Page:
92nd American Meteorological Society Annual Meeting (January 22-26, 2012)

Thursday, 26 January 2012: 2:45 PM
Seasonality of Arctic and Antarctic Sea Ice Concentration Impact on the Annular-Like Atmospheric Circulation
Room 355 (New Orleans Convention Center )
Qigang Wu, Nanjing University, Nanjing, Jiangsu, China; and X. Zhang

A lagged maximum covariance analysis (MCA) is applied to investigate linear covariability between monthly sea ice concentration and geopotential height at 500 hPa (Z500) in the both Northern and Southern Hemisphere. We have detected a dominant forcing role that atmospheric circulation plays in sea ice cover changes throughout the year, but a seasonality of sea ice concentration impact on the Annular-like atmospheric circulation. In the Northern Hemisphere, a wintertime atmospheric signal resembling the negatively polarized Arctic/North Atlantic Oscillation (AO/NAO) is significantly correlated with persistently reduced sea ice concentration anomalies in the North Atlantic and Pacific sides of Arctic Shelf seas up to the preceding summer. In the Southern Hemisphere, statistically significant covariances are also found between austral springtime Z500 and prior sea ice concentration anomalies up to four months earlier. The MCA pattern is characterized by an Antarctic Dipole (ADP)-like pattern in sea ice concentration and a positively polarized Antarctic Oscillation (AAO) in Z500. The above leading time of sea ice concentration anomalies provides an implication for skillful predictability of Northern (Southern) Hemisphere wintertime (springtime) atmospheric variability.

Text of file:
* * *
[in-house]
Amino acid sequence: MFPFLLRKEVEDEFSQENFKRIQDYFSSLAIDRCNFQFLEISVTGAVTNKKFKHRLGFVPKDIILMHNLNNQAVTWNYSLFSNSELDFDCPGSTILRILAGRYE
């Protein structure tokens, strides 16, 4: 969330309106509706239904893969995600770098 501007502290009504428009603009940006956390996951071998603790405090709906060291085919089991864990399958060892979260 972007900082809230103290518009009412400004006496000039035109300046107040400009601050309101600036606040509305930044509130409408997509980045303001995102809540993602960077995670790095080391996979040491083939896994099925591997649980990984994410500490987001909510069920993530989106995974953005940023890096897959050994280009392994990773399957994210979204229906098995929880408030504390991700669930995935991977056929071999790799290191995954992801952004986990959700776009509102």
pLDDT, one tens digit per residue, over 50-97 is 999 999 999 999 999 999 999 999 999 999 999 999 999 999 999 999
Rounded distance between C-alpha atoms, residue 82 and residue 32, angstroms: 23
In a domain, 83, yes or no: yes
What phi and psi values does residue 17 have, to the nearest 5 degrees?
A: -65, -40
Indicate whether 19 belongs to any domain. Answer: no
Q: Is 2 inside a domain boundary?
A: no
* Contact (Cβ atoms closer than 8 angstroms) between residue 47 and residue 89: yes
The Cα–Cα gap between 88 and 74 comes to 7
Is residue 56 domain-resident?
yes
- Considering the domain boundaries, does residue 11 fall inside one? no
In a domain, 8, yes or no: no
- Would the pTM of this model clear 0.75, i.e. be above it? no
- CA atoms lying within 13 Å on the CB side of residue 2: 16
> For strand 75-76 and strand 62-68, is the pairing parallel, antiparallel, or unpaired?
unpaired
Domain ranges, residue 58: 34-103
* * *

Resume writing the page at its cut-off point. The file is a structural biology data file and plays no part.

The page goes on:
The link between the above Annular-like atmosphere response and the sea ice up to four months earlier seems to stem from the remarkable persistence of sea ice anomalies. Such persistence can be explained by dynamic and thermodynamic processes. The Annular-like atmospheric signal is hemispheric in extent and primarily equivalent-barotropic through the troposphere. The feedback of sea ice concentration anomalies on the Annular-like atmospheric circulation involves the diabatic heating due to the air–sea heat exchanges and transient eddy flux changes.

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